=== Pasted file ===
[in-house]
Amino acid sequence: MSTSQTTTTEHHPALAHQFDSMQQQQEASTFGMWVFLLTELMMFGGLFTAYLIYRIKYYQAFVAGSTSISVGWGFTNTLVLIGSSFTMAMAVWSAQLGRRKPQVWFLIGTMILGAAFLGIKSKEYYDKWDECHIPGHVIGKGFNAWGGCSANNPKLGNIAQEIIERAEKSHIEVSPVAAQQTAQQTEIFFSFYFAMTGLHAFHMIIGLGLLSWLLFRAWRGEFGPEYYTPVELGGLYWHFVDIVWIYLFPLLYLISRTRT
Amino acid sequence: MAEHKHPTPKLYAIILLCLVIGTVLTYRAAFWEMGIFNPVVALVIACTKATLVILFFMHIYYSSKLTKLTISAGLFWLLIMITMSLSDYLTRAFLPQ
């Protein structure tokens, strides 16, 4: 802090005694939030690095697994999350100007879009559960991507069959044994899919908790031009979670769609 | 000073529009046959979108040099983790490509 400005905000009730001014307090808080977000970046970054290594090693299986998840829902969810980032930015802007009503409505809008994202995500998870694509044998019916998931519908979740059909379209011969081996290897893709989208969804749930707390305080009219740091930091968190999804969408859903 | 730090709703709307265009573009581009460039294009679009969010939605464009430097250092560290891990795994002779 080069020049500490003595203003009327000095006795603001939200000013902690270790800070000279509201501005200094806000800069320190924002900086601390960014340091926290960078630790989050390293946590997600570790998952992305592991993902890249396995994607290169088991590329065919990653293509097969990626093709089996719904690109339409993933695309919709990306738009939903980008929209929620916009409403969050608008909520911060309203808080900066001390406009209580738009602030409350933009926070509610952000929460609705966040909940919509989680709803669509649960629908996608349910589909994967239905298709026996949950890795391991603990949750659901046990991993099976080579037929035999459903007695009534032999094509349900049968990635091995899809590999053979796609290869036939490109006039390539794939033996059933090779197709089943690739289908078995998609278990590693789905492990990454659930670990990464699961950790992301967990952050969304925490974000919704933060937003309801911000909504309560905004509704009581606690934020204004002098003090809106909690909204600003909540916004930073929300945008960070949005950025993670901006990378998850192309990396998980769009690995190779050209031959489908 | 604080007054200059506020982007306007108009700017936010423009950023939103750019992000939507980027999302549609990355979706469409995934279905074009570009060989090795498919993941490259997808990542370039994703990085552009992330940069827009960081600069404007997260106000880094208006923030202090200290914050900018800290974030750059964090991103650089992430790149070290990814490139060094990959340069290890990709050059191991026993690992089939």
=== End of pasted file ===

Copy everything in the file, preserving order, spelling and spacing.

[in-house]
Amino acid sequence: MSTSQTTTTEHHPALAHQFDSMQQQQEASTFGMWVFLLTELMMFGGLFTAYLIYRIKYYQAFVAGSTSISVGWGFTNTLVLIGSSFTMAMAVWSAQLGRRKPQVWFLIGTMILGAAFLGIKSKEYYDKWDECHIPGHVIGKGFNAWGGCSANNPKLGNIAQEIIERAEKSHIEVSPVAAQQTAQQTEIFFSFYFAMTGLHAFHMIIGLGLLSWLLFRAWRGEFGPEYYTPVELGGLYWHFVDIVWIYLFPLLYLISRTRT
Amino acid sequence: MAEHKHPTPKLYAIILLCLVIGTVLTYRAAFWEMGIFNPVVALVIACTKATLVILFFMHIYYSSKLTKLTISAGLFWLLIMITMSLSDYLTRAFLPQ
């Protein structure tokens, strides 16, 4: 802090005694939030690095697994999350100007879009559960991507069959044994899919908790031009979670769609 | 000073529009046959979108040099983790490509 400005905000009730001014307090808080977000970046970054290594090693299986998840829902969810980032930015802007009503409505809008994202995500998870694509044998019916998931519908979740059909379209011969081996290897893709989208969804749930707390305080009219740091930091968190999804969408859903 | 730090709703709307265009573009581009460039294009679009969010939605464009430097250092560290891990795994002779 080069020049500490003595203003009327000095006795603001939200000013902690270790800070000279509201501005200094806000800069320190924002900086601390960014340091926290960078630790989050390293946590997600570790998952992305592991993902890249396995994607290169088991590329065919990653293509097969990626093709089996719904690109339409993933695309919709990306738009939903980008929209929620916009409403969050608008909520911060309203808080900066001390406009209580738009602030409350933009926070509610952000929460609705966040909940919509989680709803669509649960629908996608349910589909994967239905298709026996949950890795391991603990949750659901046990991993099976080579037929035999459903007695009534032999094509349900049968990635091995899809590999053979796609290869036939490109006039390539794939033996059933090779197709089943690739289908078995998609278990590693789905492990990454659930670990990464699961950790992301967990952050969304925490974000919704933060937003309801911000909504309560905004509704009581606690934020204004002098003090809106909690909204600003909540916004930073929300945008960070949005950025993670901006990378998850192309990396998980769009690995190779050209031959489908 | 604080007054200059506020982007306007108009700017936010423009950023939103750019992000939507980027999302549609990355979706469409995934279905074009570009060989090795498919993941490259997808990542370039994703990085552009992330940069827009960081600069404007997260106000880094208006923030202090200290914050900018800290974030750059964090991103650089992430790149070290990814490139060094990959340069290890990709050059191991026993690992089939």